Over at the Zen of Design, a post has been made and hopefully a violent and bloody discussion will ensue. The post is about Classes in MMOs.
Somewhere around my room I’ve got a document I started about class design. See, I really hate the way many games implement classes. You make one choice, at creation, and you are stuck. A warrior is a warrior, a cleric is a cleric. You are what you are and so is everyone else. Basically, EverQuest. World of Warcraft managed to do one better and essentially each class is actually three classes since you can choose to focus your talent points in one of three trees. I like this flexibility, so much so that I play a shadow priest in WoW… that’s a priest who is okay at healing, but better at dealing damage. I love it.
Back to my document. The idea I had for class design involved giving the players more on an illusion of control. What you would do is group skills together into sets, or schools as I called them. All melee weapons would be in a melee combat school, wearing armor and armor types falls into the defence school, healing arts both magic and non-magic fall into a healing school, and so on. In the end I had 6 or 7 schools that covered most things. Then each player would choose the ranks of his schools. They could put defence first, and melee combat second… making them a warrior… putting healing third might make them a minor paladin type, if they went defence then healing and melee combat third that would be a major paladin, healing first then defence then melee makes them a cleric, healing/melee/defence makes them a healing monk, melee/healing/defence makes them a fighting monk… and so on, involving all the schools. At first glance this looks like a ridiculous amount of freedom for the players, but in reality it is a very finite number of “classes” and all balance can be approached from that angle. No need to worry about someone maxing healing and melee and defence and damage spell casting because its not possible, if fact the ranking can inherantly reduce the effectiveness of the skills in that school, and since everyone will have to place one school at the lowest rank it means that everybody will suck at something.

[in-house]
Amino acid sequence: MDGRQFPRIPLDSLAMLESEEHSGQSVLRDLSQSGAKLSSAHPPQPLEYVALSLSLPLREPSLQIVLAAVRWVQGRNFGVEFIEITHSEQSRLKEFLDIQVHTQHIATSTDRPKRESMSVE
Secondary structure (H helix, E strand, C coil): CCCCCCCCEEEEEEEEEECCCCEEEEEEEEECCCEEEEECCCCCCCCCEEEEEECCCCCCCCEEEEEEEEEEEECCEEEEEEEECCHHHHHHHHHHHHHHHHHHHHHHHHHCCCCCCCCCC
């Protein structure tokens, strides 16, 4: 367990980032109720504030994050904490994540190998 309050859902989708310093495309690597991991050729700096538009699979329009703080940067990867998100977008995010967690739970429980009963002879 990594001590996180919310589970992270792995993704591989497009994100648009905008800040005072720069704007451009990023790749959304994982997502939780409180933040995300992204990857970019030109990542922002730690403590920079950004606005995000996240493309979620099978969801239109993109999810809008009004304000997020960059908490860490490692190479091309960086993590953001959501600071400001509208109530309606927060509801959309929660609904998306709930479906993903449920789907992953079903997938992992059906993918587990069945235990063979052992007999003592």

Essentially, all I’m really saying is… totally unrestricted skill systems are bad, and totally rigid class systems are bad. A good system is just floating somewhere in the middle, a nice balance between player freedom and developer control.